The combat tutorial will also teach you casting mechanics, or ability usage. Each skill in Moonrise has an independent cooldown, a ‘boot’ time – the time it takes for the skill to become active once the Solari enters the battle, and a cast time. When an ability and target are selected, the animation for the cast becomes queued. However, prior to the cast animation, everything operates in real time, creating a designed emphasis on cooldown awareness and time management for tactical supremacy. Combat abilities have a variety of targeting parameters, including ‘friendly’ for heals, ‘front row’ for Solari attacks and ‘back row’ for direct Warden Attacks, additionally, some abilities can target multiple enemies. There is also another of combat complexity which was currently being worked on and therefore subject to change, elemental status effect interaction. Foge commented that one of the interactions they were looking into was a Nature-based Solari beginning to regenerate health if rooted with an opposing Solari’s Nature skill. Finally, the current victory conditions are Win by defeating all present Solari or Win by defeating the Warden.
With combat covered, our playtest took us into the world and down into a Dungeon. After travelling to the dungeon location on the world map, you are deposited into a staging area that has the same 3D environment as the main towns, allowing you to see other players in the vicinity and select multiple locations with the swipe mechanic. Upon selecting a dungeon, you select a difficulty for the dungeon. It is important to note that it takes Dungeon Tickets to access higher level dungeons. Dungeon tickets are a resource that you gain naturally over the course of a day, through rewards, and other unannounced methods. After selecting your Dungeon difficulty, you are provided with a screen to purchase Health potions, which recovery a varying amount of health dependent on the amount of gold you are willing to spend. You do have, however, a limited number of spots in your bag to carry health potions, and you only get to fill up once per dungeon run. When your inventory is fully stocked, you enter the dungeon, which is a linear progression of battles against various Solari. After each fight, you are rewarded your XP for defeating the infected Solari, and you get a chance to heal up using your previously purchased health potions. The culminating stage of the Dungeon is a battle against the Legendary Solari, who as mentioned previously, has a chance upon victory to become available for a recruitment attempt with an Ancient Key.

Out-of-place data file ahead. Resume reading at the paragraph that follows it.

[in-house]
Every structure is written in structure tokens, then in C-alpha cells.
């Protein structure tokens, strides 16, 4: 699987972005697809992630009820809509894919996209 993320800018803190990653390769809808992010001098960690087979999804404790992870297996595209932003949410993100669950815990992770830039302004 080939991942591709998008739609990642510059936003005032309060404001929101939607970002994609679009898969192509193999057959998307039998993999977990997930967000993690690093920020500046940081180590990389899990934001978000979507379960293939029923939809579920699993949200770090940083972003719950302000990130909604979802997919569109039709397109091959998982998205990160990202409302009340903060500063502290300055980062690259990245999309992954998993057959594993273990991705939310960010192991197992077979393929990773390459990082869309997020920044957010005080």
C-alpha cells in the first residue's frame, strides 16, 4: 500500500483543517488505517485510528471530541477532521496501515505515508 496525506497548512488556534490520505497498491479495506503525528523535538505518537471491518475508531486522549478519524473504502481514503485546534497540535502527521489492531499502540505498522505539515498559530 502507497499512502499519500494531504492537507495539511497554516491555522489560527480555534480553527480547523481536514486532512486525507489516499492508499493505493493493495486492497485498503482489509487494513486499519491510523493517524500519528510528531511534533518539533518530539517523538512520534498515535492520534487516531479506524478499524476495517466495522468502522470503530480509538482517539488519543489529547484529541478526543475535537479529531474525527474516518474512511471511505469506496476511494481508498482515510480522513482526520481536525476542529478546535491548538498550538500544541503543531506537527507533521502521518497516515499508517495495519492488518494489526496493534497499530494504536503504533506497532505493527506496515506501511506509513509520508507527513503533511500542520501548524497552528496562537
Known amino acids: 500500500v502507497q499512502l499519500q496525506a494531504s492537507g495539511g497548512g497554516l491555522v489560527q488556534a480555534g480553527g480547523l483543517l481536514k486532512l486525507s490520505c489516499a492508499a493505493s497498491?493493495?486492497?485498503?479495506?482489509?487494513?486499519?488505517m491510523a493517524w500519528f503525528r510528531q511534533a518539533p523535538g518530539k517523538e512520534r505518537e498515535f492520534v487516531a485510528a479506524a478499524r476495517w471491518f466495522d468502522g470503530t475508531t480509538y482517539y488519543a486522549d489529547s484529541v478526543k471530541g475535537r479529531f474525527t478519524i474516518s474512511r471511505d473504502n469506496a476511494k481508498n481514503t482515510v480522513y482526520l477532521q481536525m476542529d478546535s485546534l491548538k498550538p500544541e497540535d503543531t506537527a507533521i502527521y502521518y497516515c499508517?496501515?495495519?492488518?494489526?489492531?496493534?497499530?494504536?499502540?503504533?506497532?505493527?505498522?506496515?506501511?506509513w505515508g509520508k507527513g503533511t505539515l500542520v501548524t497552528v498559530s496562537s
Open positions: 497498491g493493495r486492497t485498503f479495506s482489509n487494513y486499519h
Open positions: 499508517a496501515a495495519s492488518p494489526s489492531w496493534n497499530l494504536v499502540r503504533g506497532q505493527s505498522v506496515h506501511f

In addition to the 40-hour singleplayer experience mentioned earlier, Moonrise offers a number of multiplayer options as is expect of the genre. At launch, Moonrise is expected to have the typical Ranked and Unranked battles, as well as a Draft Mode – which was heavily featured during Daily PvP Competitions at PAX. Players will be given a randomly generated collection of 10 Solari with loose archetype parameters to prevent the ‘unwinnable’ scenario and a batch of skills to mix into their provided Solari. The goal of Draft Mode is to accrue the highest level of wins within a three-loss period. The total number of wins you can manage determines a prize awarded at the end of your third loss. If you are pressed for time, you can end the Draft Mode early, collecting a prize befitting of your current win total. Currently planned rewards are gear, skills, currency, and other unannounced items. At PAX Prime 2014, the winners of the Daily Competition on Days #1 and #2 ranged from 12 wins to 18 wins, with an average battle time of 3 minutes, the longest was roughly 15 minutes. Matchmaking at launch will follow a loose win-based matching system, attempting to connect like-level players against each other. Post launch, Moonrise will feature two modes that were visible but not fully implemented at the time of the demo, Tournaments and Special Events.
“We’re very, very serious about avoiding anything that is remotely pay-to-win. Anything you can get by paying money you can get by playing the game.”
One element that was stressed throughout our conversation with Richard Foge and subsequent interactions with Undead Labs is that the cash shop is planned to be pay-for-convenience, not pay-to-win. With continual emphasis, he repeated, “We’re very, very serious about avoiding anything that is remotely pay-to-win. Anything you can get by paying money you can get by playing the game.” Players who do not spend money will have the same campaign experience as those who do, and access to the same items. Players will be able to purchase RNG boxes, cosmetic items, and numerous convenience or timesaving items.
Moonrise, developed by Undead Labs and published by Kabam, will be arriving globally Early 2015.